dr. would wake up and go to work and she would just drive. it was purposeless. it was aimless. it was dark and cold. in outer space, she finds herself following this accident adrift, aimless. >> an accident, her life is at risk. >> and she is time and again, she is trying to communicate with houston. say houston, i'm calling. i'm in the blind. i'm in the blind. i'm running out of air and i'm adrift. and that describes her life on earth. >> and that's a wonderful moment to stop there. because i think now in the position in the midst of life, i'm in a dark woods and lost my way. you would recommend that everybody watch it. >> absolutely. and look for the cues.
this filmmaker is quite deliberate in bringing you to see that she is going through a journey in the dark towards conversion from spiritual blindness to spiritual insight. everything depends on the discovery of everything being tethered. not only to the comrade, but she remains tethered to her daughter in the afterlife. she is always tethered to god. she talks about prayer and no one trained her in the way of being tethered t god who provides the tethers with each other, the communion of love and life that makes this life worth living and that endures in the afterlife. >> margaret, we have about 60 seconds left. and i know that you told me that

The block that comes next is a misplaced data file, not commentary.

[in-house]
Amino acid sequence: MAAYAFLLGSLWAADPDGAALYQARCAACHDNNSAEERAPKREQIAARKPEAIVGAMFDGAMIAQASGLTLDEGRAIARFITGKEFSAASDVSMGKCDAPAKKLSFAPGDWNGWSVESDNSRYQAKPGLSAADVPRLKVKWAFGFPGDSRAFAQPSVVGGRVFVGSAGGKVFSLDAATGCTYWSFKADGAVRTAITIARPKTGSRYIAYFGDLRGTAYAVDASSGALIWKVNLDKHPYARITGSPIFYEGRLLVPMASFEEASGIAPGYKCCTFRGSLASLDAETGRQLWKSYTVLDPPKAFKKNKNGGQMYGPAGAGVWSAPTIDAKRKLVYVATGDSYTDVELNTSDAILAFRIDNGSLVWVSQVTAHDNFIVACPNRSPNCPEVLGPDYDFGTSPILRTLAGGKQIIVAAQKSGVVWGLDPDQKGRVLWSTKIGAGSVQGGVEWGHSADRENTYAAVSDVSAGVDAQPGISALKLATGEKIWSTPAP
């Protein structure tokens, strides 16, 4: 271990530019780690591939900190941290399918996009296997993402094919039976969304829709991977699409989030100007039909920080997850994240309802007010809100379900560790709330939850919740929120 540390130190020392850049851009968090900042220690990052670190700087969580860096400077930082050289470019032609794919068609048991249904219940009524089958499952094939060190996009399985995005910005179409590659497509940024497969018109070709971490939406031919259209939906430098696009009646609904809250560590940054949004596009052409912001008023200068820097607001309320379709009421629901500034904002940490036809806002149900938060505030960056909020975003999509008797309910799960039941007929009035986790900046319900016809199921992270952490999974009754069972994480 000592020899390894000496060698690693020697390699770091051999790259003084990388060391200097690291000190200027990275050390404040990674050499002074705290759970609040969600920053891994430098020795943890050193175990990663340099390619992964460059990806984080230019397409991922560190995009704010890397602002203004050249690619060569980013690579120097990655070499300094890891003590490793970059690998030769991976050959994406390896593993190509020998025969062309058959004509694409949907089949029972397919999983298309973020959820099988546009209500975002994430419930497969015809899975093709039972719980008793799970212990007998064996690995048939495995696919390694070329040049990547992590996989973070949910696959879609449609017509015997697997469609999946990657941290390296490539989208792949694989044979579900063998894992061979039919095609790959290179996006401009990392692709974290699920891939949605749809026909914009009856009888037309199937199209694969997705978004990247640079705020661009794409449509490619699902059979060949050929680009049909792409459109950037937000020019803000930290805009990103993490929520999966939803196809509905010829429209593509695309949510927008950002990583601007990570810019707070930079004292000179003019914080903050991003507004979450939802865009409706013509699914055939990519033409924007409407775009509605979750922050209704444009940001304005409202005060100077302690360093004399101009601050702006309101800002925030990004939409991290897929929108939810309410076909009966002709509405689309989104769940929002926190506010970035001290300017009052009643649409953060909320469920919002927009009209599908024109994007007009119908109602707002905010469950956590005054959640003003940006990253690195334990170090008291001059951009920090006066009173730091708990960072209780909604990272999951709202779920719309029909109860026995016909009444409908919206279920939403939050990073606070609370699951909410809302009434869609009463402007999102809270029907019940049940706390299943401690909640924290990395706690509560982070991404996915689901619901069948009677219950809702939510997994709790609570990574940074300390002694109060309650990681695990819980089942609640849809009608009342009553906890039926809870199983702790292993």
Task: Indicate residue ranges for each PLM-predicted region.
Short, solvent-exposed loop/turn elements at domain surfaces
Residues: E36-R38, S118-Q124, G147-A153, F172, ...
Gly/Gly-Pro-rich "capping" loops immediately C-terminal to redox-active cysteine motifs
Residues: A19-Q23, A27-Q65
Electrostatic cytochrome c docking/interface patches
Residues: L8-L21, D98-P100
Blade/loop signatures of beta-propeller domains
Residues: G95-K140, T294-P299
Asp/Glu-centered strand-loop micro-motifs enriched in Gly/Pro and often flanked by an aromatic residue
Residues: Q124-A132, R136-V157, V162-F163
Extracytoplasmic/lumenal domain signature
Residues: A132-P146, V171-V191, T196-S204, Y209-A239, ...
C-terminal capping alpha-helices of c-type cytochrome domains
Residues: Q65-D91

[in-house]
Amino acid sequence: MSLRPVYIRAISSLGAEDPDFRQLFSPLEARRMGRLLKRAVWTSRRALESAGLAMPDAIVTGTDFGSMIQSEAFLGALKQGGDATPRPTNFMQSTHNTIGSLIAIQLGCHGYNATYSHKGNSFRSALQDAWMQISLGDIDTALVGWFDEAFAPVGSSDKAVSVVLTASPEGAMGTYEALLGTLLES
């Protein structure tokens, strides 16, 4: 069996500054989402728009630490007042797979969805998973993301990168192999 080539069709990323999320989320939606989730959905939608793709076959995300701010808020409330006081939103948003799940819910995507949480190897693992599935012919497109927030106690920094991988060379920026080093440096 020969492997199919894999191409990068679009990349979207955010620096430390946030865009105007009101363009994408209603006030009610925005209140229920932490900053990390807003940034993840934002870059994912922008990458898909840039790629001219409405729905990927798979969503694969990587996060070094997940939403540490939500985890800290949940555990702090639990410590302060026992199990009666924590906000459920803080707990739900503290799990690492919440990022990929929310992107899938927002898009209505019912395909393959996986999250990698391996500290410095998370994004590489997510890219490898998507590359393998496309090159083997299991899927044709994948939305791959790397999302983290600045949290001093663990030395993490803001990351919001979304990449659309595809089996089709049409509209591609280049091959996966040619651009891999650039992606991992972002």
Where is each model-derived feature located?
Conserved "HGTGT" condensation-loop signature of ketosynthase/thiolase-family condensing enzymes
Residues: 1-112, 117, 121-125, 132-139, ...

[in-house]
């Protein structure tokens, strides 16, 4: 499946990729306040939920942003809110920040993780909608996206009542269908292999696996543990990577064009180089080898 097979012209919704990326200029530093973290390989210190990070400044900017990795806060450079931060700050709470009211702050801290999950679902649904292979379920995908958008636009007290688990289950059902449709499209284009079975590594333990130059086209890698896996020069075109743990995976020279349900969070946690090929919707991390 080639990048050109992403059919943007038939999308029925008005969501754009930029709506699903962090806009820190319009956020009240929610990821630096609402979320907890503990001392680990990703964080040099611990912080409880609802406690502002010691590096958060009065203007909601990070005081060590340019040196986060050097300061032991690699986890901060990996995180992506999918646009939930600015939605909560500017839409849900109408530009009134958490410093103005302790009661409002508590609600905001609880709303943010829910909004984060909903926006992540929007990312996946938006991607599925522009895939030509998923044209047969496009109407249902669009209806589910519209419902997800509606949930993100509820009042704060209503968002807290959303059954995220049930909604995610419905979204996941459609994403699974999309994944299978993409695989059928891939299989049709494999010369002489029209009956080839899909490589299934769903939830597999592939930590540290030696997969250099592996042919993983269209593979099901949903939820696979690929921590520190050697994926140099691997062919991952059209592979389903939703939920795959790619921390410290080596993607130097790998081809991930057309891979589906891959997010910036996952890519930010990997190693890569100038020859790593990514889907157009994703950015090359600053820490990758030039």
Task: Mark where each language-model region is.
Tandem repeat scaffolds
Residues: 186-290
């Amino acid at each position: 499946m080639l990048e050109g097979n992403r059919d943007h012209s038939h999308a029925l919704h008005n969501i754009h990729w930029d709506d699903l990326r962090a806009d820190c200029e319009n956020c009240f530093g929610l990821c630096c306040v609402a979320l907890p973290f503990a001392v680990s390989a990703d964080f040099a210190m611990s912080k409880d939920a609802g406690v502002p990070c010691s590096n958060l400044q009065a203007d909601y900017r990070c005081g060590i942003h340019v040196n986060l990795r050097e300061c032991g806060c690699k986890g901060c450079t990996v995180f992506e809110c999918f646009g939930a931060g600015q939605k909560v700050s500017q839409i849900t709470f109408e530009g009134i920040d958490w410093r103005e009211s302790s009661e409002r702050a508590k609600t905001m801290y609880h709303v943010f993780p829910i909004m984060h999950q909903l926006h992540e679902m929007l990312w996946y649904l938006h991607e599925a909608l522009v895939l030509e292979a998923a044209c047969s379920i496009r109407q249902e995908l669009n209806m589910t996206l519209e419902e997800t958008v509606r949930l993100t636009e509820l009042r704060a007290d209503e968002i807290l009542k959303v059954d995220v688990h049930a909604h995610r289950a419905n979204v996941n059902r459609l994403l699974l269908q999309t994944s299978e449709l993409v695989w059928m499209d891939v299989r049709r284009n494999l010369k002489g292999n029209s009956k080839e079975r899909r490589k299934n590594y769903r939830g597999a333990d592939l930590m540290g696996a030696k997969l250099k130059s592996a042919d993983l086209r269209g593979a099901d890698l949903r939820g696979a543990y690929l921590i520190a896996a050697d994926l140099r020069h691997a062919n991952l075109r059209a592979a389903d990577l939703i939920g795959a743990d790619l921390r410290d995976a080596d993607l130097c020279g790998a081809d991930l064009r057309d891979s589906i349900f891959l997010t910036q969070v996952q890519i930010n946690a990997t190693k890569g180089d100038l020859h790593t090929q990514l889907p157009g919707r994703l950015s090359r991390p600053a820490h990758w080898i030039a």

whether you have developed your vision in various ways and have the eye to see, you should return over and over again to scripture, to read those better and better. >> yes. the best authors of novels and poetry and of screen plays are those who have learned something from sacred scriptures, salvation history, the human drama as portrayed there as never before. and they will embed the works of art with hints and clues that lead you to see and experience the moments. you recognize the illusions to the meanings. >> developing your vision for art you dust off the old scriptures and go back to them with renewed interest. thank you for coming up from
. now at 6:00, southern california still reeling from the strongest quakes in 20 years. what you should know if the big one hits the bay area. plus, thieves in a stolen fire fire truck lead the chp in a wild chase. the joyride that ended in a blowout. 6:00 a.m. on sunday, july melissa cane. >> looking gray and gloomy. it's not that way everywhere. this is pretty much for areas right and along the bay. the closer to the golden gate, look at the view of the bridge. we have the low clouds coming in. that's the scene over one bridge. the bay bridge l